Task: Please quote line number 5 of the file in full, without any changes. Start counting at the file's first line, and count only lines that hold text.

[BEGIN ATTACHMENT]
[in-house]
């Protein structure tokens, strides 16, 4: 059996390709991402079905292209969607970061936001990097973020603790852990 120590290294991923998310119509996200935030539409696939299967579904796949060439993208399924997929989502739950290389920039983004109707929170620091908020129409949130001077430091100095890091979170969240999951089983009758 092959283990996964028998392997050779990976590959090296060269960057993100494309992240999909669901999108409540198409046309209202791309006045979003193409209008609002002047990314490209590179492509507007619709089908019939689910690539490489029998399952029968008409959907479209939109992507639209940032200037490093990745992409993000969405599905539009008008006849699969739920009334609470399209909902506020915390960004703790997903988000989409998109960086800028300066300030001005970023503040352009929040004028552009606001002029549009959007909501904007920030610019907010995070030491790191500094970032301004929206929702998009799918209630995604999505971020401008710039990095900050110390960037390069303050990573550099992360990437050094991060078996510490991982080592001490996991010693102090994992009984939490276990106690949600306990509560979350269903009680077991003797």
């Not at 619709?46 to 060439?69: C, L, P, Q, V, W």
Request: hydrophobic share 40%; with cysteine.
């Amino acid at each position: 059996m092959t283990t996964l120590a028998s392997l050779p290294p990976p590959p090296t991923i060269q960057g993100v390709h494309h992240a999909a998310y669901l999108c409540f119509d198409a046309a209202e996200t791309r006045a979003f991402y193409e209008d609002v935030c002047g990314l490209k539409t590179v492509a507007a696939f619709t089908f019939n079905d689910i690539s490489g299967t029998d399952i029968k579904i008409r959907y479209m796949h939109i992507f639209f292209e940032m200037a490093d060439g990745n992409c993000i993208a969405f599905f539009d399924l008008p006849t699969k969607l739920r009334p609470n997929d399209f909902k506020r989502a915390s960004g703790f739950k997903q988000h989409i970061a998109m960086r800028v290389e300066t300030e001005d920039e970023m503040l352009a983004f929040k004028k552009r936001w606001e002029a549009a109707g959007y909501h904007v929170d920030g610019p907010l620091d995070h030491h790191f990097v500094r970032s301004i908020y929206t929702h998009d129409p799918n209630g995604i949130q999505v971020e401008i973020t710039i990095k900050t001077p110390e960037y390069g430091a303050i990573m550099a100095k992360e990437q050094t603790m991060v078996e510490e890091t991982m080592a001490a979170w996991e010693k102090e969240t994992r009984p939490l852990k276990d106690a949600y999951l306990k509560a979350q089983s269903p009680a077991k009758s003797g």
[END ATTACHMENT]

């Amino acid at each position: 059996m092959t283990t996964l120590a028998s392997l050779p290294p990976p590959p090296t991923i060269q960057g993100v390709h494309h992240a999909a998310y669901l999108c409540f119509d198409a046309a209202e996200t791309r006045a979003f991402y193409e209008d609002v935030c002047g990314l490209k539409t590179v492509a507007a696939f619709t089908f019939n079905d689910i690539s490489g299967t029998d399952i029968k579904i008409r959907y479209m796949h939109i992507f639209f292209e940032m200037a490093d060439g990745n992409c993000i993208a969405f599905f539009d399924l008008p006849t699969k969607l739920r009334p609470n997929d399209f909902k506020r989502a915390s960004g703790f739950k997903q988000h989409i970061a998109m960086r800028v290389e300066t300030e001005d920039e970023m503040l352009a983004f929040k004028k552009r936001w606001e002029a549009a109707g959007y909501h904007v929170d920030g610019p907010l620091d995070h030491h790191f990097v500094r970032s301004i908020y929206t929702h998009d129409p799918n209630g995604i949130q999505v971020e401008i973020t710039i990095k900050t001077p110390e960037y390069g430091a303050i990573m550099a100095k992360e990437q050094t603790m991060v078996e510490e890091t991982m080592a001490a979170w996991e010693k102090e969240t994992r009984p939490l852990k276990d106690a949600y999951l306990k509560a979350q089983s269903p009680a077991k009758s003797g």